Extinction is forever, right? Yes, it’s true that once the last individual of a species dies (apart from insane notions that de-extinction will do anything to resurrect a species in perpetuity), the species is extinct. However, the answer can also be ‘no’ when you are limited by poor sampling. In other words, when you think something went extinct when in reality you just missed it.
Most of you are familiar with the concept of Lazarus1 species – when we’ve thought of something long extinct that suddenly gets re-discovered by a wandering naturalist or a wayward fisher. In paleontological (and modern conservation biological) terms, the problem is formally described as the ‘Signor-Lipps’ effect, named2 after two American palaeontologists, Phil Signor3 and Jere Lipps. It’s a fairly simple concept, but it’s unfortunately ignored in most palaeontological, and to a lesser extent, conservation studies.
The Signor-Lipps effect arises because the last (or first) evidence (fossil or sighting) of a species presence has a nearly zero chance of heralding its actual timing of extinction (or appearance). In paleontological terms, it’s easy to see why. Fossilisation is in fact a nearly impossible phenomenon – all the right conditions have to be in place for a once-living biological organism to be fossilised: it either has to be buried quickly, in a place where nothing can decompose it (usually, an anoxic environment), and then turned to rock by the process of mineral replacement. It then has to resist transformation by not undergoing metamorphosis (e.g., vulcanism, extensive crushing, etc.). For more recent specimens, preservation can occur without the mineralisation process itself (e.g., bones or flesh in an anoxic bog). Then the bloody things have to be found by a diligent geologist or palaeontologist! In other words, the chances that any one organism is preserved as a fossil after it dies are extremely small. In more modern terms, individuals can go undetected if they are extremely rare or remote, such that sighting records alone are usually insufficient to establish the true timing of extinction. The dodo is a great example of this problem. Remember too that all this works in reverse – the first fossil or observation is very much unlikely to be the first time that the species was there.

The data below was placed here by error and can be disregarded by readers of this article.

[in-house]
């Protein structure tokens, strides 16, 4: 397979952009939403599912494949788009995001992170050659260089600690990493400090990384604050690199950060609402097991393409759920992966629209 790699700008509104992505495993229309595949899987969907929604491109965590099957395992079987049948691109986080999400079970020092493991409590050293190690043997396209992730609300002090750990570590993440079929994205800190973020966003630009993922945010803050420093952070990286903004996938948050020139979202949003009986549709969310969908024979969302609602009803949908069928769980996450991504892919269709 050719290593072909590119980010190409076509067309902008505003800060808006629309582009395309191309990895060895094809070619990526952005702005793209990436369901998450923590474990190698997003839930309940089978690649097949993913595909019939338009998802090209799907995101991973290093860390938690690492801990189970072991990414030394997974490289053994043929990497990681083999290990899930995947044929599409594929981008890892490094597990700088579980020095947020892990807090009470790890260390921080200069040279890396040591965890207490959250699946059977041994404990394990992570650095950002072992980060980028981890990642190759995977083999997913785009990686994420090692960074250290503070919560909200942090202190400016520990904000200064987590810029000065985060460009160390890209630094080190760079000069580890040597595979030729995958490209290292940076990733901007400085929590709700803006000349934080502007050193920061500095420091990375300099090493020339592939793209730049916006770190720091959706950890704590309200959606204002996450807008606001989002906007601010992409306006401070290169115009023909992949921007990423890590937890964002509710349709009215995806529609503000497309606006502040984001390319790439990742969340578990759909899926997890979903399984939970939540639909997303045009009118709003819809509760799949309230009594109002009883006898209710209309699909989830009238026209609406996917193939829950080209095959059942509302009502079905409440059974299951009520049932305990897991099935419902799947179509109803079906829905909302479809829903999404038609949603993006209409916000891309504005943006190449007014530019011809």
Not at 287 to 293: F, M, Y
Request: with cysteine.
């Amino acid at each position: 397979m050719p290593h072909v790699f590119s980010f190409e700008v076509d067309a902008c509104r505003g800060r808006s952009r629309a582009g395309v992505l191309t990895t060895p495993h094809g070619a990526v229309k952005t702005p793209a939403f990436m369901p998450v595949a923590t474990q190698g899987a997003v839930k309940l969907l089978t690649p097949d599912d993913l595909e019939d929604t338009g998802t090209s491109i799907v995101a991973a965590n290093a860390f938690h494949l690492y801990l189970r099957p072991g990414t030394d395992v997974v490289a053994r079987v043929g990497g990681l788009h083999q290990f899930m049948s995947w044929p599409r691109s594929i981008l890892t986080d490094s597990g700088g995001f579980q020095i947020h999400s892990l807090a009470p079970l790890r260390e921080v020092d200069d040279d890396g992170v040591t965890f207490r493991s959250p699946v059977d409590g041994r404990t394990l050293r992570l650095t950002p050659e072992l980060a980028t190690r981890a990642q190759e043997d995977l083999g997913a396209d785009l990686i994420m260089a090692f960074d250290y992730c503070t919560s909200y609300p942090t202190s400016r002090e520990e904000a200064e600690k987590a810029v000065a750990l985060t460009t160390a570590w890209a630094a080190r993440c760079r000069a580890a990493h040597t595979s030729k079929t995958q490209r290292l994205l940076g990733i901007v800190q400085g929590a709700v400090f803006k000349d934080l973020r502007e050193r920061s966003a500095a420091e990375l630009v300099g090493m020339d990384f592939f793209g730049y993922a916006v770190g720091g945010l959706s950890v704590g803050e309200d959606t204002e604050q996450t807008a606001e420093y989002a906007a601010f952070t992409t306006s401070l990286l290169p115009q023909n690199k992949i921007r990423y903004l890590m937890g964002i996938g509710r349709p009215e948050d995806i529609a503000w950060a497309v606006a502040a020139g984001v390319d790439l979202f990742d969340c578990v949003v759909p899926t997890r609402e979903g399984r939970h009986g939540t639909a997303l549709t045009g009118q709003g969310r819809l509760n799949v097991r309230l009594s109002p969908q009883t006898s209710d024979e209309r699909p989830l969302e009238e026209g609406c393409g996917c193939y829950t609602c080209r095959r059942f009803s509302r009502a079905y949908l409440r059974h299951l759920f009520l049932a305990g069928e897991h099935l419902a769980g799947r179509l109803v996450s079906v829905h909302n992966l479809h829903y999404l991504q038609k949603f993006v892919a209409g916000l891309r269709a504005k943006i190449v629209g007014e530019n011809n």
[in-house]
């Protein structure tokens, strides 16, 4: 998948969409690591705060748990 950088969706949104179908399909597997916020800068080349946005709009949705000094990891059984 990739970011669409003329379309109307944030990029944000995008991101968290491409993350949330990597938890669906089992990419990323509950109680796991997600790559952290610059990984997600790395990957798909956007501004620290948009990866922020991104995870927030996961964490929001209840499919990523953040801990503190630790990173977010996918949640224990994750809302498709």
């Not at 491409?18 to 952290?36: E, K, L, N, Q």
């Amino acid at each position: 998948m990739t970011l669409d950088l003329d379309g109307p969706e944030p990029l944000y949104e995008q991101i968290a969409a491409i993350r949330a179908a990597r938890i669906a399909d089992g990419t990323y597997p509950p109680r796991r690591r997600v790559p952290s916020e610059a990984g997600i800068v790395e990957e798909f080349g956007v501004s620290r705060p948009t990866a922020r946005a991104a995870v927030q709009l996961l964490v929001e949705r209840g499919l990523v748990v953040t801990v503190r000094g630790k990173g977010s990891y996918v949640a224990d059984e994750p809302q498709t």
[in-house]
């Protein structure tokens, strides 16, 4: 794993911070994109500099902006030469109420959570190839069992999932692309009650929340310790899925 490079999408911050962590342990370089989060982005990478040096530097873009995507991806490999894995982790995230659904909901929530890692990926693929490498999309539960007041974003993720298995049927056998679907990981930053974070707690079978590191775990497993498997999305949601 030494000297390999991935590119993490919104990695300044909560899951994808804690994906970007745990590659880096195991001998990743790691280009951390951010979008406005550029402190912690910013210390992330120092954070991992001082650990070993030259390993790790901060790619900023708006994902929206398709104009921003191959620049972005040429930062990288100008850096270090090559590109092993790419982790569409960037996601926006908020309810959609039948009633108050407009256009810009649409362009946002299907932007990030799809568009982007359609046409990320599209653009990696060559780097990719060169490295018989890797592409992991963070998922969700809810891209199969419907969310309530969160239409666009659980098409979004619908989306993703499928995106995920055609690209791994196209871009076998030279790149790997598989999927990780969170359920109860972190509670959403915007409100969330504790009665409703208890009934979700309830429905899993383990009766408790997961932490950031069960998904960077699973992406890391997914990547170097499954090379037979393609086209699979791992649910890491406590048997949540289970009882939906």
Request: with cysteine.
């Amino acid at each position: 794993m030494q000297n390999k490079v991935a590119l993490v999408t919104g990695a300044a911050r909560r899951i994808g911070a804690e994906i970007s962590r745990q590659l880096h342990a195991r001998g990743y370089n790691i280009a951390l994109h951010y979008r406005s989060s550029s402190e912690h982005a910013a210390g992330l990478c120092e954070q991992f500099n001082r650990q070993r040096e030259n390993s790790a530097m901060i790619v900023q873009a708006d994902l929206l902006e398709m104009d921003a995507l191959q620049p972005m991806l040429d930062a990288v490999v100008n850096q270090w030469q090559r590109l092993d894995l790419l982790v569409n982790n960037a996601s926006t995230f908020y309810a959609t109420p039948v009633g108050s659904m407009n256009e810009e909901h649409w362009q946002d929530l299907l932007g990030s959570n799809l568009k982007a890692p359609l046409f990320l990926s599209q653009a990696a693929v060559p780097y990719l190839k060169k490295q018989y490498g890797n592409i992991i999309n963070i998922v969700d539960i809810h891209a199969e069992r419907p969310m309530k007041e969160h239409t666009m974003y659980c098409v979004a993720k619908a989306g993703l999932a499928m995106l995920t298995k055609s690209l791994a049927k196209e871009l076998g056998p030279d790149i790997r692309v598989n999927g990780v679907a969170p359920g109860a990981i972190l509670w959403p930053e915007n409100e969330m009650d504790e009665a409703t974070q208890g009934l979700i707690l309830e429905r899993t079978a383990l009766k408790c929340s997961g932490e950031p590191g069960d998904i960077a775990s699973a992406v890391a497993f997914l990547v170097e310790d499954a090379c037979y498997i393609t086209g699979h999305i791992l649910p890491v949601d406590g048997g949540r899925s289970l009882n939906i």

So you can probably appreciate that fossil time series, say, in layers of rock, accurately attest the full chronology of a species through geological time. Digging through layers of rock and finding the first incidence of a fossilised individual of species X (i.e., the youngest) down to the last (i.e., oldest) therefore cannot be taken as the species’ lifespan on Earth.
Fortunately, some statistical models exist to counter this problem, and they are invariably based on some assumptions regarding the temporal patterns of the fossil dates within the time series. I’ve written before about some of my own work in this area, and my postdoc, Dr Fréd Saltré, has recently improved on that and extended the analytical framework.
Now, I don’t care if you are working on Ediacaran assemblages, examining the Cretaceous-Palaeocene mass extinction event, or trying to establish the appearance/extinction chronology of a modern nematode – if you do not account for the Signor-Lipps effect, you cannot presume to present the true nature of the species’ (or population’s) chronology. So why is it then that so few people attempt to account for fossilisation (observation) bias? Yes, there are probably more incidences than not where you simply cannot apply a particular time series to the extant models designed to tackle the problem, such as when there are too few dated fossils (e.g., < 5-10). But if you had three fossil dates of species X and then tried to tell me that it speciated at the date of the first fossil and then went extinct at the date of the last, I would tell you that you’re full of shit, and that your evolutionary inference is fundamentally flawed.
Much of our understanding of evolution is predicated on palaeontological time series that have not been treated properly, so it stands to reason that there will be many chronological revolutions over the coming decades. Let’s stop being so dyscalculic when it comes to extinction!
1A most unfortunate term because its source is a religious myth.
2Peter Ward told me once that he was responsible for naming the effect, but was usurped. I don’t know the full details
3He resigned from his post under dubious circumstances.